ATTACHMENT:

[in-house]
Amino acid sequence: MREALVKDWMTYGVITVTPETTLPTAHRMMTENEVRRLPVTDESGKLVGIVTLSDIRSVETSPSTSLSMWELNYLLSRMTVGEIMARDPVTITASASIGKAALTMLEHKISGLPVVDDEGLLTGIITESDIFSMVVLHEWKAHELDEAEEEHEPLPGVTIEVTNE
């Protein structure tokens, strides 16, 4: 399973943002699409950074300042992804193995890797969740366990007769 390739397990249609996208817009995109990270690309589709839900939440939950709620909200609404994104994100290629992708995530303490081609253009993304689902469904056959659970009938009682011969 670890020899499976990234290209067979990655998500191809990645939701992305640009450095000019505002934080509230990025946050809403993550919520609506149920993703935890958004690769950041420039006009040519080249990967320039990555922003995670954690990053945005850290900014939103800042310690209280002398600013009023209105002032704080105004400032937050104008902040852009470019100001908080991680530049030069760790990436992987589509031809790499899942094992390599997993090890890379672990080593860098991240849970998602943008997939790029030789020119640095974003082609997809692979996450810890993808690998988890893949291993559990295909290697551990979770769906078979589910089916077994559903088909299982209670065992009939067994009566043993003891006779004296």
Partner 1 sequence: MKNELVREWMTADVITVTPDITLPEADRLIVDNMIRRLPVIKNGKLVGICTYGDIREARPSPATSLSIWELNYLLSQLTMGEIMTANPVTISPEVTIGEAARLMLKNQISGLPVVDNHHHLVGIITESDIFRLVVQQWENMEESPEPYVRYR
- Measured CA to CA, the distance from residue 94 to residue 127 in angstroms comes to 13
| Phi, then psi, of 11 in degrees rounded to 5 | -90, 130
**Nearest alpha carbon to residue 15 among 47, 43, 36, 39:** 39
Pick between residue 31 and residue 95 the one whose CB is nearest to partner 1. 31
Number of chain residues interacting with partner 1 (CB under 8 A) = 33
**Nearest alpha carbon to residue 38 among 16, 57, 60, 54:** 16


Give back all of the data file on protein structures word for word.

[in-house]
Amino acid sequence: MREALVKDWMTYGVITVTPETTLPTAHRMMTENEVRRLPVTDESGKLVGIVTLSDIRSVETSPSTSLSMWELNYLLSRMTVGEIMARDPVTITASASIGKAALTMLEHKISGLPVVDDEGLLTGIITESDIFSMVVLHEWKAHELDEAEEEHEPLPGVTIEVTNE
């Protein structure tokens, strides 16, 4: 399973943002699409950074300042992804193995890797969740366990007769 390739397990249609996208817009995109990270690309589709839900939440939950709620909200609404994104994100290629992708995530303490081609253009993304689902469904056959659970009938009682011969 670890020899499976990234290209067979990655998500191809990645939701992305640009450095000019505002934080509230990025946050809403993550919520609506149920993703935890958004690769950041420039006009040519080249990967320039990555922003995670954690990053945005850290900014939103800042310690209280002398600013009023209105002032704080105004400032937050104008902040852009470019100001908080991680530049030069760790990436992987589509031809790499899942094992390599997993090890890379672990080593860098991240849970998602943008997939790029030789020119640095974003082609997809692979996450810890993808690998988890893949291993559990295909290697551990979770769906078979589910089916077994559903088909299982209670065992009939067994009566043993003891006779004296």
Partner 1 sequence: MKNELVREWMTADVITVTPDITLPEADRLIVDNMIRRLPVIKNGKLVGICTYGDIREARPSPATSLSIWELNYLLSQLTMGEIMTANPVTISPEVTIGEAARLMLKNQISGLPVVDNHHHLVGIITESDIFRLVVQQWENMEESPEPYVRYR
- Measured CA to CA, the distance from residue 94 to residue 127 in angstroms comes to 13
| Phi, then psi, of 11 in degrees rounded to 5 | -90, 130
**Nearest alpha carbon to residue 15 among 47, 43, 36, 39:** 39
Pick between residue 31 and residue 95 the one whose CB is nearest to partner 1. 31
Number of chain residues interacting with partner 1 (CB under 8 A) = 33
**Nearest alpha carbon to residue 38 among 16, 57, 60, 54:** 16